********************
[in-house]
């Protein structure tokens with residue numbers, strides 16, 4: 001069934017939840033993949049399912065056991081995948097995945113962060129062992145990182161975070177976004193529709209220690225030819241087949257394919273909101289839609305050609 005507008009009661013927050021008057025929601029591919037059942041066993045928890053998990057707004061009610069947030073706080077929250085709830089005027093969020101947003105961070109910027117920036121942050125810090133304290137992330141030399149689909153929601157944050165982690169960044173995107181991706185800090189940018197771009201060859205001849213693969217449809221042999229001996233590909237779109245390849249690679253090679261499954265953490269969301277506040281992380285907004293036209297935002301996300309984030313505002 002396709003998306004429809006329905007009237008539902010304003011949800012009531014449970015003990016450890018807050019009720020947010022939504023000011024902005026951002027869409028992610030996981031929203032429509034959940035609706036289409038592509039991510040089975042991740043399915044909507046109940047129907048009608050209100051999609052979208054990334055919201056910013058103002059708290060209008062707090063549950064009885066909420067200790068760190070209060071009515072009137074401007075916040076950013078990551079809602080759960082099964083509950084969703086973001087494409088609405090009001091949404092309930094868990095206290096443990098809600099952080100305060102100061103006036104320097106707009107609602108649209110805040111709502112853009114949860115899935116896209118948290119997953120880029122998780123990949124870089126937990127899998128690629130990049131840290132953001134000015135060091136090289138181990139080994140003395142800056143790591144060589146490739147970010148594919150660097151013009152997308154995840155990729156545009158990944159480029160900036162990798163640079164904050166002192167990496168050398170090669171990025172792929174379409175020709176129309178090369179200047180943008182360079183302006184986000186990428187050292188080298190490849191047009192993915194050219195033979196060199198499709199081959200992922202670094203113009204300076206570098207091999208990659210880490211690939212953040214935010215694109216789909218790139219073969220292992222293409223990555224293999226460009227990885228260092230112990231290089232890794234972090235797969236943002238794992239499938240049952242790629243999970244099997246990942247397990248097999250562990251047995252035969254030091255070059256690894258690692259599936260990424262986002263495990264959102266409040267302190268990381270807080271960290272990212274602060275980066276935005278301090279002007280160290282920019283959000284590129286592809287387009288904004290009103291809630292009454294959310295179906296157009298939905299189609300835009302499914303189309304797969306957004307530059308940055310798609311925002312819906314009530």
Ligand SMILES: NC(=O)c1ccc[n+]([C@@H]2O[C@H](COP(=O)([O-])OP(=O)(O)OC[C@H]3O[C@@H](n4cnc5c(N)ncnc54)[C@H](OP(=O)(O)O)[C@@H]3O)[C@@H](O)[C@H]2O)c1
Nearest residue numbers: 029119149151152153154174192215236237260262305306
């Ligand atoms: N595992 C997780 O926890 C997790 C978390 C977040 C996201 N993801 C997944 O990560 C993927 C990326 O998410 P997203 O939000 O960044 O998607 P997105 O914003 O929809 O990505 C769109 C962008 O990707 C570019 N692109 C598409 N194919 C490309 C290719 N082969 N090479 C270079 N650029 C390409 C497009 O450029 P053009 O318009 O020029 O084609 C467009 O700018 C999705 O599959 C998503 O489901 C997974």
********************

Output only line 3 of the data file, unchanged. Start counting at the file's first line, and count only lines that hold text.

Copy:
Ligand SMILES: NC(=O)c1ccc[n+]([C@@H]2O[C@H](COP(=O)([O-])OP(=O)(O)OC[C@H]3O[C@@H](n4cnc5c(N)ncnc54)[C@H](OP(=O)(O)O)[C@@H]3O)[C@@H](O)[C@H]2O)c1